During any crisis or emergency situation, most people begin to realize what truly matters to them and what they really value. Materialistic items like the Xbox, the fancy dress or shirt, the slick Mercedes in the garage, the grand house in an upscale neighbourhood, the glittering wristwatch, and the 70-inch TV suddenly become trivial. Instead, family, good friends, drinkable water, food, clean air, health, safety, community, the environment, and a decent place to sleep become paramount. Danger has a peculiar and powerful way of waking us up and bringing us to our senses.
If you study the traits and habits of the happiest and longest-lived people around the world, you will likely find that these cultures place emphasis on things that they consider truly important without needing a periodic catastrophe to remind them to do so. Many of these people have suffered in some way in the past and, therefore, have had life-changing experiences. They generally value health, family, healthy food, clean water, a sense of community, safety, peace, movement/exercise, kindness, laughter, happiness, and purpose. They place little value on prestige, fancy cars, austentatious homes, and cocktail parties. They spend their time on the important things that really matter in the long run. More importantly, they have taken the time to figure out what is truly valuable to them in the first place.
I believe that goodness can emerge out of any type of situation, even bad ones like a major hurricane. Even though the hurricane is 2 days away and creating a lot of worry, so many people have elected to be kind, exercise patience, go out of their way to help others, have a sense of humor, and focus on all that they DO have by practicing gratitude. Until we experience a power outage for a few days, we often take for granted luxuries such as electricity, air conditioning, clean running water, a cozy home to sleep in, family, close friends, a safe environment, nice weather, etc. For example, knowing that I am likely to lose power in the next few days makes me greatly appreciate the cold air from my air conditioning blowing gently in the room right now. All of us could stand to gain from becoming more conscious about and grateful for the simple blessings we often take for granted, whatever that might mean to each of us in our own personal way.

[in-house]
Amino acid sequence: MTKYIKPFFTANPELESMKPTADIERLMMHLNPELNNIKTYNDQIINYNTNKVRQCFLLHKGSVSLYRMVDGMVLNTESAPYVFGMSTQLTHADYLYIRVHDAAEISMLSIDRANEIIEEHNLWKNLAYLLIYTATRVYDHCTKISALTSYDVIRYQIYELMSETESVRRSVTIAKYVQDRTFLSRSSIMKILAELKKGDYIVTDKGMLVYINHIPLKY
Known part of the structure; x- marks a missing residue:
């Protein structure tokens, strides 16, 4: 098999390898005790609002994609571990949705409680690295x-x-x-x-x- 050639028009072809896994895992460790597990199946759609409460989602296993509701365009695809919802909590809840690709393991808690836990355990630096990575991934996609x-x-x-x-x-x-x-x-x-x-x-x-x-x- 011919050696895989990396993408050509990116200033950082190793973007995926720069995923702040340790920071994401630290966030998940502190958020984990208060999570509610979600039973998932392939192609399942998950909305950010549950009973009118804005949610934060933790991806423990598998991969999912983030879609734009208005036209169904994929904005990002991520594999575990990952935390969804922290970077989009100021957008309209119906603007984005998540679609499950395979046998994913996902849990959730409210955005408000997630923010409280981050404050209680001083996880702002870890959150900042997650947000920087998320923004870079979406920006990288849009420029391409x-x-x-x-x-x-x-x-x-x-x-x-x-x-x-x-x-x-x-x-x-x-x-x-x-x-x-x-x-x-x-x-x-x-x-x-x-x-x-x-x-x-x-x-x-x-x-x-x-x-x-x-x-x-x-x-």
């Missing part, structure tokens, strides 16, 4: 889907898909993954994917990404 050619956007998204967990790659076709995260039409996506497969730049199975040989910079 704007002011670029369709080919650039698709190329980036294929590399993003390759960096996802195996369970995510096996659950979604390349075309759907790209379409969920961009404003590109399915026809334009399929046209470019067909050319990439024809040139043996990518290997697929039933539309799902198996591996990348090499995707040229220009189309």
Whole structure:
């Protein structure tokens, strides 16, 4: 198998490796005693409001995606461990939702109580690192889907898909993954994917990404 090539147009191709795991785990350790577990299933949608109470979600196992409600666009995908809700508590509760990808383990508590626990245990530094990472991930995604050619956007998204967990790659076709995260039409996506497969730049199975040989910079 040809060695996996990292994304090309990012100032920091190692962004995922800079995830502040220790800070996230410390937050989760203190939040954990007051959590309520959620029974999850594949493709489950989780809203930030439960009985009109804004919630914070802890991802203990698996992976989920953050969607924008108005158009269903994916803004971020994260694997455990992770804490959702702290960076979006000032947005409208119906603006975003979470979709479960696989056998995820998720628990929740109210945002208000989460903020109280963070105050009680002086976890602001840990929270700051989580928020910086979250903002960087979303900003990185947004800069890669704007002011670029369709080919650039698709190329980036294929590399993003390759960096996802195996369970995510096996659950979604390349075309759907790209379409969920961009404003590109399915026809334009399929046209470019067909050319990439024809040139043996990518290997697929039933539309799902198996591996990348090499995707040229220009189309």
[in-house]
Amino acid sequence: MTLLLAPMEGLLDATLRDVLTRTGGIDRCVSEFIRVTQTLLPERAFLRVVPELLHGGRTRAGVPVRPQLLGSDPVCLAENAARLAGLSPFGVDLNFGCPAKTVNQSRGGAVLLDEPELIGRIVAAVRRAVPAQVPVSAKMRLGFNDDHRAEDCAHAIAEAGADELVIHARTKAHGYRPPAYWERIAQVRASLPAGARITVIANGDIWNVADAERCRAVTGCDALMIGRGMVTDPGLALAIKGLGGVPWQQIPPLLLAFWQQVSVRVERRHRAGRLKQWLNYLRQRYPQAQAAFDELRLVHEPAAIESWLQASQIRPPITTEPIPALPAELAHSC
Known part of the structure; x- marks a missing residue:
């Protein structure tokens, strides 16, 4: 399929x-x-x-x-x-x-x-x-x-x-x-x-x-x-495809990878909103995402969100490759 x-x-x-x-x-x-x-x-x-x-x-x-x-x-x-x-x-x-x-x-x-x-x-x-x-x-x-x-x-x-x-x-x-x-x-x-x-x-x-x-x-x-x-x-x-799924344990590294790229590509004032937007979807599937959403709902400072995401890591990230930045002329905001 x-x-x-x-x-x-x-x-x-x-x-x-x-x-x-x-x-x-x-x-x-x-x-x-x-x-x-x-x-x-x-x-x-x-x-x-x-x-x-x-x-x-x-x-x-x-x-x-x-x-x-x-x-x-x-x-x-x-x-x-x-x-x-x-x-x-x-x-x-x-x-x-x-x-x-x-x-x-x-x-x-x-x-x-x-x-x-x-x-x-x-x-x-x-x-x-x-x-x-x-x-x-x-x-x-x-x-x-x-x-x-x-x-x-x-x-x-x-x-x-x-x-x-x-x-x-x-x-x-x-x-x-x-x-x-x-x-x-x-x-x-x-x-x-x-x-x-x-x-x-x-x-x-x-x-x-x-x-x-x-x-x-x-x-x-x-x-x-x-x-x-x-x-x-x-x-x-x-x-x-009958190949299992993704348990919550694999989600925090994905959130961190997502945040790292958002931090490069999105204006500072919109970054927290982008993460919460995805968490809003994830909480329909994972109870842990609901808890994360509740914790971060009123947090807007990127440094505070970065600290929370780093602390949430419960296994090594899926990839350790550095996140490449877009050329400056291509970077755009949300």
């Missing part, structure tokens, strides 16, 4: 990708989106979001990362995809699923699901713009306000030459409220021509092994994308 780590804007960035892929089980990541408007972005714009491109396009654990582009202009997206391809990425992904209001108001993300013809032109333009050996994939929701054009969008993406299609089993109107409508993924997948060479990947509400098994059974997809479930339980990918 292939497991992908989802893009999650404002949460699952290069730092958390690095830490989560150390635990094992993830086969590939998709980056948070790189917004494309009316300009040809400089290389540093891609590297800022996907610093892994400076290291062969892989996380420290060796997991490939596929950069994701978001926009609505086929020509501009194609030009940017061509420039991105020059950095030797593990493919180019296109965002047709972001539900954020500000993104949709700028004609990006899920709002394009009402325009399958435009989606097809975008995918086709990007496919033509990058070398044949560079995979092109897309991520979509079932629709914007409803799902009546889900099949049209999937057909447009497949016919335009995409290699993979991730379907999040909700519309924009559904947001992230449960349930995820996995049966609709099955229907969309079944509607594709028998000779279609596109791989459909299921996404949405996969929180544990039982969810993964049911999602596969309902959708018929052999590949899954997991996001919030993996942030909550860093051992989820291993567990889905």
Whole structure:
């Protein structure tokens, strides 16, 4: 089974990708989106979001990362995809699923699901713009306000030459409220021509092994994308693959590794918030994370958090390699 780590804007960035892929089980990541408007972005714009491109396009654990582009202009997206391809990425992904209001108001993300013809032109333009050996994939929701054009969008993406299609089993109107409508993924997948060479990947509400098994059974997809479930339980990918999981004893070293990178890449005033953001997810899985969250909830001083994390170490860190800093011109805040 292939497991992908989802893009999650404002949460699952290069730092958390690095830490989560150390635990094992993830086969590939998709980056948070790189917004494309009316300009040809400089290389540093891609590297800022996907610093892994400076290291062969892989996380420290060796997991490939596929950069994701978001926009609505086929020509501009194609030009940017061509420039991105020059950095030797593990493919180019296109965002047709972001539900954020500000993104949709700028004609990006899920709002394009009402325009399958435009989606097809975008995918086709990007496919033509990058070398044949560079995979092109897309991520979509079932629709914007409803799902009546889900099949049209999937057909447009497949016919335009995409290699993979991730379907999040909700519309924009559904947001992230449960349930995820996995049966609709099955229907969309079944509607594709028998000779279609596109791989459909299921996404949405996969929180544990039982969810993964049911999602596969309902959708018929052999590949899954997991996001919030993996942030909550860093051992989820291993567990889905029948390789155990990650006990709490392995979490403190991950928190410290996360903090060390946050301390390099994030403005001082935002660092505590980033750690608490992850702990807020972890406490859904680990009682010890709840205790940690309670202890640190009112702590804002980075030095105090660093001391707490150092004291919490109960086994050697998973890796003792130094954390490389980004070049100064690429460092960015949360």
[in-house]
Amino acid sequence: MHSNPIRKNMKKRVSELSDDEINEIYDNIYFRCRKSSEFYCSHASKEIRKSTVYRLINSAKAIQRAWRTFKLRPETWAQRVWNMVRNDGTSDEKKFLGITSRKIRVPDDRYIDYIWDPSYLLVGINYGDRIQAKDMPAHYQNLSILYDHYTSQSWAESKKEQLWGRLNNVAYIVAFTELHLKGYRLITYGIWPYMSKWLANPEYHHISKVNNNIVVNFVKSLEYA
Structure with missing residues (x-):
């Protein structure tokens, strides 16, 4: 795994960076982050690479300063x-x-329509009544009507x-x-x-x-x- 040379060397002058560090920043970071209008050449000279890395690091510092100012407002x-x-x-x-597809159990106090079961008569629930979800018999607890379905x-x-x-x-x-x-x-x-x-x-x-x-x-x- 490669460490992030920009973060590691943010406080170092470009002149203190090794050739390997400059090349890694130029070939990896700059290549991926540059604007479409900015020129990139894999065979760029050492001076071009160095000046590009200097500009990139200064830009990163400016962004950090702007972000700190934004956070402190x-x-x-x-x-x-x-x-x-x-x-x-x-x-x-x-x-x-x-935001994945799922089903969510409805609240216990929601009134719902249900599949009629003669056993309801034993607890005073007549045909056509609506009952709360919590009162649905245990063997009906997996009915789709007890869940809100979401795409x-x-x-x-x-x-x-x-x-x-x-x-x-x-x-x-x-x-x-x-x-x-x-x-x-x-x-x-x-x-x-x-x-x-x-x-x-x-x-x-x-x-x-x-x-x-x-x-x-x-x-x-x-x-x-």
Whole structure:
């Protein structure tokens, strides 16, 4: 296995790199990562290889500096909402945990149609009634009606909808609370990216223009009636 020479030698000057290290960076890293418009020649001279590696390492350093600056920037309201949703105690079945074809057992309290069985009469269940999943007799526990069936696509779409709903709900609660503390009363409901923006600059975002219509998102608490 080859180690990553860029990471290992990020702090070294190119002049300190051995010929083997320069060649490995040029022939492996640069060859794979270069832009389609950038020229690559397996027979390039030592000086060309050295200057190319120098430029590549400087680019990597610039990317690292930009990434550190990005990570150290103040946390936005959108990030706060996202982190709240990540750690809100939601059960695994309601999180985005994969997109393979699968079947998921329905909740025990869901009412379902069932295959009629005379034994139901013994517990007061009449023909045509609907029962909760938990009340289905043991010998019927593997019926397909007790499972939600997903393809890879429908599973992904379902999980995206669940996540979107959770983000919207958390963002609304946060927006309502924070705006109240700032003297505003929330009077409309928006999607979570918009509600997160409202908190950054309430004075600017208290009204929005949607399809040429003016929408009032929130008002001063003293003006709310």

Too many of us only find out what really matters to us when it is too late, or at least much later than necessary. We focus on what other people think of us, our cars, our homes, our looks, our resentment of others who have done us wrong, our job titles, etc. These traits do not bring us lasting happiness and they never will. Very often, a major life-event occurs and jolts us back into reality, forcing us to reevaluate our sense of invincibility and what we really care about.
I suspect that, with all the kindness displayed by others during these pre-Irma days, there will be much more in the days to come and also after the hurricane departs. It brightens my day to know that so many people have figured out what really matters in life and actually go around manifesting it in their lives. It also serves as an effective reminder and encourages me to constantly reevaluate what my own values and priorities are so that I can focus more time and effort on them rather than on frivolous things. Only by focusing on what is truly important to us can we live our happiest, healthiest and most fulfilled lives.
Even from a bad hurricane, many good things can emerge.